Barton principal will remain in place

Chief of Schools says “discord” will be “mediated and healed”

Sommers' supporters, including Barton parent Karen Lindholm, center, packed a July 12 Board of Education meeting.
Sommers' supporters, including Barton parent Karen Lindholm, center, packed a July 12 Board of Education meeting.

Minneapolis Public Schools reaffirmed a decision to retain the Barton Open School principal in his current position on Monday, despite the calls of some parents for his removal after a popular teacher was put on leave in March.

Last month, veteran teacher Flory Sommers described the administrative leave she served last year as “retaliation” by first-year Principal Jonas Beugen. But in a letter to families posted on the school’s website late Monday, Chief of School Michael Thomas indicated district administrators share responsibility for an episode that has divided the school community.

“I believe the current discord that exists at Barton is the result of many factors that will need to be mediated and healed, but most specifically a systemic issue of central office administrative procedures and practices that created significant disruption to the learning community,” Thomas wrote in the letter. “This is not something I take lightly and I will ensure the accountability for such conditions will be addressed in a manner to not allow this to occur in the future for any school.”

Sommers, a union steward, said she was placed on leave after she challenged the principal’s decision to excess a colleague, one of just a few people of color in a teaching position at Barton. Her attorney, Gregg Corwin, said Sommers was improperly pressured to share details from private conversations with coworkers, adding that the district violated her free speech rights by telling her she could have no contact with other teachers, students or their parents during her leave.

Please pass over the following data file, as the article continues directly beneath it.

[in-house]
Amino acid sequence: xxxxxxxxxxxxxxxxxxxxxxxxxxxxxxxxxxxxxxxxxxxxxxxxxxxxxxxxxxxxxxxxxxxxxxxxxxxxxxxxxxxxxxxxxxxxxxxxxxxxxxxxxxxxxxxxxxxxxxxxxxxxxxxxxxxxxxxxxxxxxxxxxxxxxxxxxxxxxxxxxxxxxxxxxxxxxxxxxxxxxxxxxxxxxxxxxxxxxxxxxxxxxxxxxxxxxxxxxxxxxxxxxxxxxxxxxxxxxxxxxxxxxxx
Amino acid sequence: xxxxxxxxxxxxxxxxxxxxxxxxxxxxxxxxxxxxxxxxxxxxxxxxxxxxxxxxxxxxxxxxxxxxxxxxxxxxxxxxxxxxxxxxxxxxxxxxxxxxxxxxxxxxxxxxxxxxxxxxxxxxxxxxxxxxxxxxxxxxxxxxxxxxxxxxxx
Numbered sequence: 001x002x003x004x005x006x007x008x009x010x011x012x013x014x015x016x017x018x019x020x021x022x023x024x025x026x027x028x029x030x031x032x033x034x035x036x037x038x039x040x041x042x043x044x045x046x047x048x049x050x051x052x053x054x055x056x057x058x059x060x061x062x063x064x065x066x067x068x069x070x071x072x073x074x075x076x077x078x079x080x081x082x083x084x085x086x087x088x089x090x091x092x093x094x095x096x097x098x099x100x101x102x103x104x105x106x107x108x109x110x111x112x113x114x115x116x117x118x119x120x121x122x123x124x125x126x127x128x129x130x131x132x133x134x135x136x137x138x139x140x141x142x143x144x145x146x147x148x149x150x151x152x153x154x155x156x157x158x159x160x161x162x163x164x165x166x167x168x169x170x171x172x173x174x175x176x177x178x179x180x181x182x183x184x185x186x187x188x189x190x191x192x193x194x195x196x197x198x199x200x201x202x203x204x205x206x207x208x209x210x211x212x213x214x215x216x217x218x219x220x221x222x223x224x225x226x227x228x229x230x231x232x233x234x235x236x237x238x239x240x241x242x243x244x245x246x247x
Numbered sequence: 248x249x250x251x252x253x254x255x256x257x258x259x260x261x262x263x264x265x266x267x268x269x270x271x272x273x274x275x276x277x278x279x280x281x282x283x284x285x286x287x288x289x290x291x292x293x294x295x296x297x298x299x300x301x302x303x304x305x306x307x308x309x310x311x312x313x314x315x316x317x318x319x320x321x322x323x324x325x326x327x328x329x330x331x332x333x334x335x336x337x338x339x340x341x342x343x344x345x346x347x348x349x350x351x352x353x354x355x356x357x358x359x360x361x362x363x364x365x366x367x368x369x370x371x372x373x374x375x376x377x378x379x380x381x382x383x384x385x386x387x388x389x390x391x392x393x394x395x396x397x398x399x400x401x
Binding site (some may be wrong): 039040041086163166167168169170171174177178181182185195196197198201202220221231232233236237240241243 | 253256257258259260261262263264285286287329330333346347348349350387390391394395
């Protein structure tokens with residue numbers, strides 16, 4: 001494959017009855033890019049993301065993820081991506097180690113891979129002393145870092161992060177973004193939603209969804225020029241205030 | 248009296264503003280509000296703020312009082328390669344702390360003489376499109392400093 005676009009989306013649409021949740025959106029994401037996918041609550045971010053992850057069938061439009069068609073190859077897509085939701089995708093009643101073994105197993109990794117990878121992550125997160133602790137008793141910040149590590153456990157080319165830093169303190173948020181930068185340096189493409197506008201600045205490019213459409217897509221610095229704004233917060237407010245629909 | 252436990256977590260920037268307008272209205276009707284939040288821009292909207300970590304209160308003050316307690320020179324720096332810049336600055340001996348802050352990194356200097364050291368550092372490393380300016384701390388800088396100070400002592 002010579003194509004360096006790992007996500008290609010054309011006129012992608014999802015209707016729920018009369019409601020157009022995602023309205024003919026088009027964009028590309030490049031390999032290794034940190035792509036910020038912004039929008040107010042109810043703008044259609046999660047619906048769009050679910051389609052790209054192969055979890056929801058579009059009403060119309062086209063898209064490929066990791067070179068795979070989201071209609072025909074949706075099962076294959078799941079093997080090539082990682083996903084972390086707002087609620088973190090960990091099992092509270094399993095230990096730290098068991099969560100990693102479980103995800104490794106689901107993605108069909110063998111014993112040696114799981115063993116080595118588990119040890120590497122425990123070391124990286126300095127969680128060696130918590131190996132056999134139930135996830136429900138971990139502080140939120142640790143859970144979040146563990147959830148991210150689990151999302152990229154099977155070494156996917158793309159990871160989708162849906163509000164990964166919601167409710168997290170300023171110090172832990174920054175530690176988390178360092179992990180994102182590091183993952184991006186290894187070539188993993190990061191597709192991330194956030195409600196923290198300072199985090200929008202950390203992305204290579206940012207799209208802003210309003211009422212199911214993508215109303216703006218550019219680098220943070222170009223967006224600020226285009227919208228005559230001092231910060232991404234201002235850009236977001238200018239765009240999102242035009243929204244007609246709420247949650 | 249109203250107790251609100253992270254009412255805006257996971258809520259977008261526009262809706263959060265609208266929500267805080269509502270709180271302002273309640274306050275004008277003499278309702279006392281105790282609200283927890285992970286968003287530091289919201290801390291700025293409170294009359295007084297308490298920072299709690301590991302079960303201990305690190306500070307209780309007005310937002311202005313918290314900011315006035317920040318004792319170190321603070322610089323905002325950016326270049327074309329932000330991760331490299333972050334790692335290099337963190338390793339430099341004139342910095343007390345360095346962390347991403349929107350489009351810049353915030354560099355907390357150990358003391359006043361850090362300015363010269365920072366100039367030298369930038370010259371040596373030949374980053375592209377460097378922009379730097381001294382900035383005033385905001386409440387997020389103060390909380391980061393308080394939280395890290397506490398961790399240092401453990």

Sommers filed a union grievance and in May submitted a complaint to the Equal Employment Opportunity Commission. Corwin said the complaint was passed on to the Office of Civil Rights.

Beugen
Beugen

Both Beugen and a district spokesperson said they could not provide a full response to Sommers’ claims without her permission to share personnel data considered private under state law. Asked to grant that permission for a recent news story, Sommers and her attorney declined.

Sommers went public with her story at the July 12 Board of Education meeting. During the meeting’s public comment period, several students and parents questioned Beugen’s ability to lead the school.

Another group of Barton parents then launched an online petition calling for the dispute to be resolved in mediation.

Thomas’ letter commits the district to maintaining open lines of communication with Barton families.

“Together we will create an ongoing dialogue to ensure you feel fully informed and your voice is heard,” he wrote. “This will start with regular updates, meetings, and listening sessions.”

Beugen became Barton’s third principal in three years when he was assigned to the school last year.

This is the second time this summer Thomas has written a letter to explain a controversial personnel decision. In June, he apologized in writing to the Washburn High School community for the decision to fire theater teacher Crystal Spring.

In May, Spring was arrested on a misdemeanor charge of obstructing the legal process as Minneapolis police were making an arrest. Police claimed Spring was interfering; she countered that she was only monitoring their actions.

Spring was recommended for discharge in June for “conduct unbecoming a teacher.” Thomas reversed that decision and pledged to review the district’s termination procedures.

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